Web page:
Crossing over

The media landscape has changed dramatically over the past decade. The emergence of social media and the birth of smartphones and tablets is transforming the way that people communicate and consume information. Yet while doom-mongers may view this as a threat to the print industry, forward-thinking Print Service Providers (PSPs) are looking for ways to make this new world order and information intensive age work to their advantage.

For the innovative PSPs who have always looked for ways to make print more effective and add value to the services they offer, cross-media is an understandably exciting proposition. It offers a means to link the world of print with all the possibilities of online media, while simultaneously making print more measurable.

The opportunity is undeniable. Adding cross-media marketing services to their service offering not only enables PSPs to differentiate themselves in the increasingly competitive and commoditised print market, but it can also enable them to grow their print volumes.

What is cross-media?
Cross-media campaigns are integrated multichannel communications in which digital media (web, e-mail, SMS, social media sites) works alongside print, often personalised, to elicit the desired response from recipients in business-to-business and business-to-consumer environments. Independent research strongly suggests that the combination of print and digital media increases response rates and subsequently the return-on-investment made in marketing campaigns.

In fact, research by InfoTrends shows that most PSPs who have introduced cross-media marketing services have seen an average 14 per cent increase in digital print volumes[1]. As a result, cross-media print volumes are expected to represent 9.5 per cent of total print volumes by 2014[2].

PSPs who have been using digital print technology for some time will no doubt already be aware of how Variable Data Printing (VDP) can be used to enhance the effectiveness of printed pieces by making them relevant and personalised to each recipient. When used as part of a multi-channel campaign, this careful targeting not only enhances the effectiveness of the piece, but that of the campaign as a whole.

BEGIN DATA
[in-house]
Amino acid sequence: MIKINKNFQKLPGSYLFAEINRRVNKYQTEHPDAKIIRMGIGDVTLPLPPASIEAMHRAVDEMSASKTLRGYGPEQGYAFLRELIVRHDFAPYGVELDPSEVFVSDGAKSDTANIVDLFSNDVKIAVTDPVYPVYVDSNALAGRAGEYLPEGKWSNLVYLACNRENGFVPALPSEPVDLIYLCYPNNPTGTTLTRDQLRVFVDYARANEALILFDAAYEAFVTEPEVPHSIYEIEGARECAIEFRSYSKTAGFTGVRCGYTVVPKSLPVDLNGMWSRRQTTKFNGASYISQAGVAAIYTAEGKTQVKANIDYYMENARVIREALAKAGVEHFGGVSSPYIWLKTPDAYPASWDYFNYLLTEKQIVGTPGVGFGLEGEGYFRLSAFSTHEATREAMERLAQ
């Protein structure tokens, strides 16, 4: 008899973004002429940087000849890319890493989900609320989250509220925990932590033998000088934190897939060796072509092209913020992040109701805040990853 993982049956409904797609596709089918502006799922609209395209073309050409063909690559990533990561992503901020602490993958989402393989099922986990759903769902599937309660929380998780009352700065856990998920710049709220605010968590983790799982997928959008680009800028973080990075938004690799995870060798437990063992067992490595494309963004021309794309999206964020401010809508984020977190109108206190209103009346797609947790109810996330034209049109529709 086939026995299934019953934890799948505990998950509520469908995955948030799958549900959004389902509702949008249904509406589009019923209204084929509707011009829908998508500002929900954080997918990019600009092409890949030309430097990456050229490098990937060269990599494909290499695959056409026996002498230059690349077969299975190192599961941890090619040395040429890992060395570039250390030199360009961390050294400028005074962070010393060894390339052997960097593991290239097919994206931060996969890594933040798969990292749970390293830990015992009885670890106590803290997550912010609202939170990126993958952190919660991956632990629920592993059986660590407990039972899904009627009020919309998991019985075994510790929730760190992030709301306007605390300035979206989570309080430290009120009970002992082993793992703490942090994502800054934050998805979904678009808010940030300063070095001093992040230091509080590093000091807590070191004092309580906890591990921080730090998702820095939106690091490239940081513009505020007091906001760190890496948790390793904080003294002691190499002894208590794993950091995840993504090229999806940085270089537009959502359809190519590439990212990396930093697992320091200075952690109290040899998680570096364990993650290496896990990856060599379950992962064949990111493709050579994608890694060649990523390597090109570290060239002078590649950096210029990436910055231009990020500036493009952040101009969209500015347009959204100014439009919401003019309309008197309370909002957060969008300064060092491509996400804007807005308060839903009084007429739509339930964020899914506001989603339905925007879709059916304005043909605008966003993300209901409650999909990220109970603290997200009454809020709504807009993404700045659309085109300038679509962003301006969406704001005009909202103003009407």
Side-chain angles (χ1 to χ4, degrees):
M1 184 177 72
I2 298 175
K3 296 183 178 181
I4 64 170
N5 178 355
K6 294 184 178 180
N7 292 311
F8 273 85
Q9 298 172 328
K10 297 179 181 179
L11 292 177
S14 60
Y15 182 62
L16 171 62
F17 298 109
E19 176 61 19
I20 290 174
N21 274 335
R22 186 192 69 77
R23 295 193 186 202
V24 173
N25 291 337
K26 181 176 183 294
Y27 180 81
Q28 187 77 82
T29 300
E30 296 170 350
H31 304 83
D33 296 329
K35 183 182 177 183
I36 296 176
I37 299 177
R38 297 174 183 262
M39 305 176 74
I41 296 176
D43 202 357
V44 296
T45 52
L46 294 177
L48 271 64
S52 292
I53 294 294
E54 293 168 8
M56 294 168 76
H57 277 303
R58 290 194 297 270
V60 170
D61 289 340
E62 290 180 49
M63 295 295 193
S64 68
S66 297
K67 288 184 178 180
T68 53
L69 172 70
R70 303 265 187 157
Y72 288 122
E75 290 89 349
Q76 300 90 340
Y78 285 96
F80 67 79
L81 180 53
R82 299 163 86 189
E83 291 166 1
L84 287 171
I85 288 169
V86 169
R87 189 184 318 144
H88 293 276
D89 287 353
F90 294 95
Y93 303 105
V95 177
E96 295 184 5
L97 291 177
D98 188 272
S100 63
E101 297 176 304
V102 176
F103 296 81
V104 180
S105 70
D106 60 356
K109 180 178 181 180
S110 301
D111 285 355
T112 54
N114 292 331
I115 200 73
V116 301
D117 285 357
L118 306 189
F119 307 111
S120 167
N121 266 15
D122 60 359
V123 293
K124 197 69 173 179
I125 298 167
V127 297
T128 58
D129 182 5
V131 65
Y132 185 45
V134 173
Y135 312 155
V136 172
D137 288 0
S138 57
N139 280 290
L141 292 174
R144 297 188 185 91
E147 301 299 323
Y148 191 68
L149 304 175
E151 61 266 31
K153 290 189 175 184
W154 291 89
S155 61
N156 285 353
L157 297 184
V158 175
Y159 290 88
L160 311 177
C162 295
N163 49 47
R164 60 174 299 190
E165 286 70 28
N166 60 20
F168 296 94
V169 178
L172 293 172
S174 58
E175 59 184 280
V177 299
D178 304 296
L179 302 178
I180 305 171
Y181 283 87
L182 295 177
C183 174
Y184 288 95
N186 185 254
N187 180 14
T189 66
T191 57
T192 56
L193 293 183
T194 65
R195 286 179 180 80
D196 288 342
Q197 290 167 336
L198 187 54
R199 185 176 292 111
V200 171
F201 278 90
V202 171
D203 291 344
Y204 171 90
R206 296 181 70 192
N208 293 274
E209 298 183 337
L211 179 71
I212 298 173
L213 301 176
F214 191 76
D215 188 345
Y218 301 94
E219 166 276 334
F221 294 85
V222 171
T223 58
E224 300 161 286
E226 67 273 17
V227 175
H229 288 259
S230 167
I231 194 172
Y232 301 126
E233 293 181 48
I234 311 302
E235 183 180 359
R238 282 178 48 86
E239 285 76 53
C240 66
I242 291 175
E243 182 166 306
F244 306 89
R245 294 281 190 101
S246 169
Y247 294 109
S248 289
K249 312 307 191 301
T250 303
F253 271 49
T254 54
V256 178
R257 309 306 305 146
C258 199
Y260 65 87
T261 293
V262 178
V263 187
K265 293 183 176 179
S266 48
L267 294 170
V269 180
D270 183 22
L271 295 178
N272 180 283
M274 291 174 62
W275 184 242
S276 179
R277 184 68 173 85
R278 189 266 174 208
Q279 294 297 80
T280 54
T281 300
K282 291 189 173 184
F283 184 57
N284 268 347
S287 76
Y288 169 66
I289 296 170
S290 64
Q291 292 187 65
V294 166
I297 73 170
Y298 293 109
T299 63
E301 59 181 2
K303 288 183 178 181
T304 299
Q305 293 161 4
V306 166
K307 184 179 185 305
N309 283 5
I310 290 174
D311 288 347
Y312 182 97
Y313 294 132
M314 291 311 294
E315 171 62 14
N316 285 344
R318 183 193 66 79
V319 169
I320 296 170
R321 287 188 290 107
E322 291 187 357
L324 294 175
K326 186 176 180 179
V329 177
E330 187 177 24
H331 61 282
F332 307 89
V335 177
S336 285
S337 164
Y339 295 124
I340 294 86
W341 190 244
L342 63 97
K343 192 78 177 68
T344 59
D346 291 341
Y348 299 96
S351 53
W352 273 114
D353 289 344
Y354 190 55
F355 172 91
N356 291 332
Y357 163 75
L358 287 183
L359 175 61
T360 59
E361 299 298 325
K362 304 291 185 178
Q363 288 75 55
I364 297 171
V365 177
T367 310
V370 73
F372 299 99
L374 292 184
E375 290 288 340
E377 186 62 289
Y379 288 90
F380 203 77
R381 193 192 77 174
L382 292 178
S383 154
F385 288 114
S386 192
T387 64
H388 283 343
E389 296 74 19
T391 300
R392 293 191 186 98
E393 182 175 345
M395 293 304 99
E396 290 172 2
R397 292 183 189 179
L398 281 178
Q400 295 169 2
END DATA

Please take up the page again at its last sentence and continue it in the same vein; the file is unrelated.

Research by InfoTrends[2] shows that using multiple media types (print, the web, direct mail, email, SMS, PURLs, QR codes, mobile, video and social media) can improve response rates by up to 34 per cent compared with using print alone.

Smart marketers are certainly recognising this. Canon’s most recent Insight Report, The Bigger Picture: Your customers’ view on the value of print found that 58 per cent of organisations are using multi-channel campaigns as part of their communications mix.

Yet while marketers clearly recognise the importance of multi-channel communications, integrating these channels is still a challenge. A recent study from The Chartered Institute of Marketing (CIM) in partnership with Canon[3] explored the key issues that marketers rate as high priorities for their organisations.

The research found that 82 per cent rate joining up campaigns as their number one priority. Yet despite this, the same research found that less than one in five organisations currently achieve high levels of campaign integration.

Many print buyers take their first steps into cross-media with a multi-channel campaign in which print acts as a signpost that directs the reader to a website where further information can be found[4].

But taking their first steps into cross-media is not sufficient for most print buyers. The Bigger Picture found that cross-media is one of the areas in which print buyers feel print could help them meet their communications needs more effectively in the future[4]. The print buyers who gave this feedback envisage cross-media campaigns that mix print with online media and in which these cross-reference each other in order to track effectiveness and measure response rates.